Spring 2022: Creating New Anchors: An Introduction to Prison Industrial Complex Abolition

SSAD 62100
Sharlyn Grace (Crown)
Durrell Washington (Crown and Pozen Center)
Thu: 05:30pm-08:20pm 

This intensive seminar will introduce and discuss prison abolition as both a long-term vision and a practical organizing strategy. We will explore the ways in which the criminal punishment system perpetuates a system of violence and fails to address harm and facilitate accountability. We will review examples of abolitionist strategies and movements. We will also examine the connections between abolitionist values and the social work profession's values and ethics. We will attempt to move beyond abolition as a theoretical framework but push to think of the tangible steps to move towards abolition as a praxis.


Spring 2021: Incarceration and Justice

HMRT 22235
Alice Kim (Pozen Center)
Tue: 2–4:50 p.m.

This course explores the impact of long-term sentencing practices in Illinois and nationwide. Largely neglected, even amid a robust and ongoing national conversation about mass incarceration, more than 200,000 people are serving life without parole (LWOP) or virtual life sentences in the United States. Current efforts to decarcerate often pit “non-violent offenders” against “violent offenders,” those deserving versus those undeserving of mercy or second chances. Nelson Mandela, who was imprisoned for twenty-seven years in South Africa, said: “no one truly knows a nation until one has been inside its jails. A nation should not be judged by how it treats its highest citizens, but its lowest ones.” We will deploy Mandela’s standard to explore the long reach of long-term sentencing as we engage multiple mediums (memoir, personal testimony, poetry, film, art) to take an up-close and personal look at the lived experiences of those who have faced long-term removal from their communities into prison and how individuals, groups and communities are challenging what has been termed “death by incarceration.”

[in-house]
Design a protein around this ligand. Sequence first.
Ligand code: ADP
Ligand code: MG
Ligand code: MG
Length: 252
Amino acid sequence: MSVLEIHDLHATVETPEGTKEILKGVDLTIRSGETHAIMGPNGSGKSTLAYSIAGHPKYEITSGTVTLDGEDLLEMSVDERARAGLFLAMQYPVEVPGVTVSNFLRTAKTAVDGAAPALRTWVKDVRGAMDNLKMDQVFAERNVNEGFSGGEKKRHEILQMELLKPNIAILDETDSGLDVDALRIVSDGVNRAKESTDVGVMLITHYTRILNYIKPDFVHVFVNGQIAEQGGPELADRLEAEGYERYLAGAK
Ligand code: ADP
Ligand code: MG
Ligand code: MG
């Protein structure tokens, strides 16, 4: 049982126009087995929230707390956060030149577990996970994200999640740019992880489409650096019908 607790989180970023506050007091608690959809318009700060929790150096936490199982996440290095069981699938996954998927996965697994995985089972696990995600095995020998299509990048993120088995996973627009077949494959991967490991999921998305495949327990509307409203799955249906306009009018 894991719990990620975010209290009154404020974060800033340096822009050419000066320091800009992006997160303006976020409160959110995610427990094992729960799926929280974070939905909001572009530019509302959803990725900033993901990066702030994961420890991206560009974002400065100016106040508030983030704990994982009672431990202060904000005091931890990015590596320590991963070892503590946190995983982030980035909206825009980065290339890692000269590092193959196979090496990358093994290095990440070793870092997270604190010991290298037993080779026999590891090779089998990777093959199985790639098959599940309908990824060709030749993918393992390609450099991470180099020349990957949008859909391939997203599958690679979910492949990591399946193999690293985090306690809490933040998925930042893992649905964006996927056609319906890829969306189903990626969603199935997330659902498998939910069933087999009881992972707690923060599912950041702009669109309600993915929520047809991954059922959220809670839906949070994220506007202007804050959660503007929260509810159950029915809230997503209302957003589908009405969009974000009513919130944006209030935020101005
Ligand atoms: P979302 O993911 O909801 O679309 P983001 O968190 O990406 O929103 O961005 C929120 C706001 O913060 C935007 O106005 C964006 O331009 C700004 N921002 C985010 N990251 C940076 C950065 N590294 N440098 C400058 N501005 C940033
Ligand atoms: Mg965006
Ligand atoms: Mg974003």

Winter 2021: Reimagining Justice in the Chicago Police Torture Cases

HMRT 22217
Alice Kim (Pozen Center)
Tue/Thu: 2–3:20 p.m. 

From 1972 to 1991, former Chicago police commander Jon Burge and white detectives under his command systematically tortured over 117 Black people in police custody. In May 2015, 43 years after the first known instance of torture, Chicago became the first municipality in the U.S. to provide reparations to those harmed by racially-motivated law enforcement violence, passing legislation for survivors of the Burge police torture regime. This course explores the evolution of decades of community activism and creative organizing undertaken in the Jon Burge torture cases. We will consider the following questions: What do these cases and the activism surrounding them reveal about policing and the criminal legal system? What role did torture survivors and those directly impacted by Burge torture play in struggles for justice? How can we reimagine systems of justice and accountability? How can society reckon with legacies of state violence and their ongoing impact in communities today?